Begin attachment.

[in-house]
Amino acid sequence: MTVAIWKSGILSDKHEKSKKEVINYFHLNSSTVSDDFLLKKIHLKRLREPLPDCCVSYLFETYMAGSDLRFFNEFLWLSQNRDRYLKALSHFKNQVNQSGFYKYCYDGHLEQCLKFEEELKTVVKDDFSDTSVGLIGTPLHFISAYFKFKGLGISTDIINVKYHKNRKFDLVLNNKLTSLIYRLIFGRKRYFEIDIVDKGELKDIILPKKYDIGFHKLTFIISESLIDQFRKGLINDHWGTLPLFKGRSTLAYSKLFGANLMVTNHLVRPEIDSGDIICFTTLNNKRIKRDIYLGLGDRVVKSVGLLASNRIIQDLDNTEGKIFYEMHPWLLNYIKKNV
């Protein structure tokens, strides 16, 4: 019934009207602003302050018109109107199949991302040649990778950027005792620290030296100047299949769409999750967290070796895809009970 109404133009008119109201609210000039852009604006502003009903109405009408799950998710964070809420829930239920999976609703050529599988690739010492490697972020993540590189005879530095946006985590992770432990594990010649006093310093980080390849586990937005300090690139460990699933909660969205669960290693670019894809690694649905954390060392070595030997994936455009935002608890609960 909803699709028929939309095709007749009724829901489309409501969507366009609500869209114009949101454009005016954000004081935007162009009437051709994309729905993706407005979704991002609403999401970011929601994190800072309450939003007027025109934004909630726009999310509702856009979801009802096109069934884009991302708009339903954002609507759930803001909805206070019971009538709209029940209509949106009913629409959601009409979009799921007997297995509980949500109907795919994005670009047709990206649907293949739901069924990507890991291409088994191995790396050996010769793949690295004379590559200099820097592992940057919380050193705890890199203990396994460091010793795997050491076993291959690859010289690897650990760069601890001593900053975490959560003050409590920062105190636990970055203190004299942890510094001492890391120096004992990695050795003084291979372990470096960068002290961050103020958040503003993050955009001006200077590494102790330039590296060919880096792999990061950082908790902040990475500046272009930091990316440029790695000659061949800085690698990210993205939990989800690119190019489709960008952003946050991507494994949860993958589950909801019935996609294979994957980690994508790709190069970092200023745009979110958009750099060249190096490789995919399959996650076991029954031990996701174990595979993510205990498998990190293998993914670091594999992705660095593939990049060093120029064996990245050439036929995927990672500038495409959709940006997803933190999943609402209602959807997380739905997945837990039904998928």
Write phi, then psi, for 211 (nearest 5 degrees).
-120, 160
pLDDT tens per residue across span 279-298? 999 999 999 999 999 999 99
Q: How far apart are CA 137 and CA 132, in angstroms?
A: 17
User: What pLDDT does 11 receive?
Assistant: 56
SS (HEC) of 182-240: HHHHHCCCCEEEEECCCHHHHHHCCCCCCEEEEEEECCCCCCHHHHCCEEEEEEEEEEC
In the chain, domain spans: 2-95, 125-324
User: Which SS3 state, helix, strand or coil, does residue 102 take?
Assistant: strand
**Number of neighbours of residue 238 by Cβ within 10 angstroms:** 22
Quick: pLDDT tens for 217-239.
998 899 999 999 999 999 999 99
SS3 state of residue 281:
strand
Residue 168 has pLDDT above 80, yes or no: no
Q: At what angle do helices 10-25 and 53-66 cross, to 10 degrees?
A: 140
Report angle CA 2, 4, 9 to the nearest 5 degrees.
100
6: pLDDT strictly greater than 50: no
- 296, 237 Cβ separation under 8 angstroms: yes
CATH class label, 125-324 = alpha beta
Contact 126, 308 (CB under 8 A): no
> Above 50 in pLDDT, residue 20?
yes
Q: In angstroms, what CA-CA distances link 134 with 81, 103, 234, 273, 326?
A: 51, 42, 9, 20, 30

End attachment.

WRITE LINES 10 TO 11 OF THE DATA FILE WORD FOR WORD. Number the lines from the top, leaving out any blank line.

Assistant: 56
SS (HEC) of 182-240: HHHHHCCCCEEEEECCCHHHHHHCCCCCCEEEEEEECCCCCCHHHHCCEEEEEEEEEEC